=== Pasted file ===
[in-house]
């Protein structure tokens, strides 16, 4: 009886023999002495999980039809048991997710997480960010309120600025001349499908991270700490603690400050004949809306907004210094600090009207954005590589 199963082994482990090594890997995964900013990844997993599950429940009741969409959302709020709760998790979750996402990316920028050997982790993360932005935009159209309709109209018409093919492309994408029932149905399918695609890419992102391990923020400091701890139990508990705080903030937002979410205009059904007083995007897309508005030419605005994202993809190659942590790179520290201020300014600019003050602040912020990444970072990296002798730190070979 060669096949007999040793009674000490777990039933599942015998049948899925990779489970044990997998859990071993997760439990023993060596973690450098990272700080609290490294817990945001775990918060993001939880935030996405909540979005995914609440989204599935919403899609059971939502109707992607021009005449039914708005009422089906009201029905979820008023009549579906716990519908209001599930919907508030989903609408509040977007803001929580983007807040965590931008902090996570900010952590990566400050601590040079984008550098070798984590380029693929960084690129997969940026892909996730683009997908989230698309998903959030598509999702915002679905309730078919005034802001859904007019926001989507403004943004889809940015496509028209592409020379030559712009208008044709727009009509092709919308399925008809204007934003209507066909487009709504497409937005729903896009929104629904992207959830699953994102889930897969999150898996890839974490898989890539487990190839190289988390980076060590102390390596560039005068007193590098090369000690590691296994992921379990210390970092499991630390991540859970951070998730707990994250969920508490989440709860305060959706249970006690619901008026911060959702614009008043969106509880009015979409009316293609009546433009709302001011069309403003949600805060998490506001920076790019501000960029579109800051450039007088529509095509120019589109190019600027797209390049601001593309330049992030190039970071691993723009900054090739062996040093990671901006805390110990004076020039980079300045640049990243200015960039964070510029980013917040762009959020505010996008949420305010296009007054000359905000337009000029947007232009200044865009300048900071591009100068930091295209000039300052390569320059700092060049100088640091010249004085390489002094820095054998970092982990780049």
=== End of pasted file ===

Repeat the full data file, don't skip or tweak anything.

[in-house]
């Protein structure tokens, strides 16, 4: 009886023999002495999980039809048991997710997480960010309120600025001349499908991270700490603690400050004949809306907004210094600090009207954005590589 199963082994482990090594890997995964900013990844997993599950429940009741969409959302709020709760998790979750996402990316920028050997982790993360932005935009159209309709109209018409093919492309994408029932149905399918695609890419992102391990923020400091701890139990508990705080903030937002979410205009059904007083995007897309508005030419605005994202993809190659942590790179520290201020300014600019003050602040912020990444970072990296002798730190070979 060669096949007999040793009674000490777990039933599942015998049948899925990779489970044990997998859990071993997760439990023993060596973690450098990272700080609290490294817990945001775990918060993001939880935030996405909540979005995914609440989204599935919403899609059971939502109707992607021009005449039914708005009422089906009201029905979820008023009549579906716990519908209001599930919907508030989903609408509040977007803001929580983007807040965590931008902090996570900010952590990566400050601590040079984008550098070798984590380029693929960084690129997969940026892909996730683009997908989230698309998903959030598509999702915002679905309730078919005034802001859904007019926001989507403004943004889809940015496509028209592409020379030559712009208008044709727009009509092709919308399925008809204007934003209507066909487009709504497409937005729903896009929104629904992207959830699953994102889930897969999150898996890839974490898989890539487990190839190289988390980076060590102390390596560039005068007193590098090369000690590691296994992921379990210390970092499991630390991540859970951070998730707990994250969920508490989440709860305060959706249970006690619901008026911060959702614009008043969106509880009015979409009316293609009546433009709302001011069309403003949600805060998490506001920076790019501000960029579109800051450039007088529509095509120019589109190019600027797209390049601001593309330049992030190039970071691993723009900054090739062996040093990671901006805390110990004076020039980079300045640049990243200015960039964070510029980013917040762009959020505010996008949420305010296009007054000359905000337009000029947007232009200044865009300048900071591009100068930091295209000039300052390569320059700092060049100088640091010249004085390489002094820095054998970092982990780049």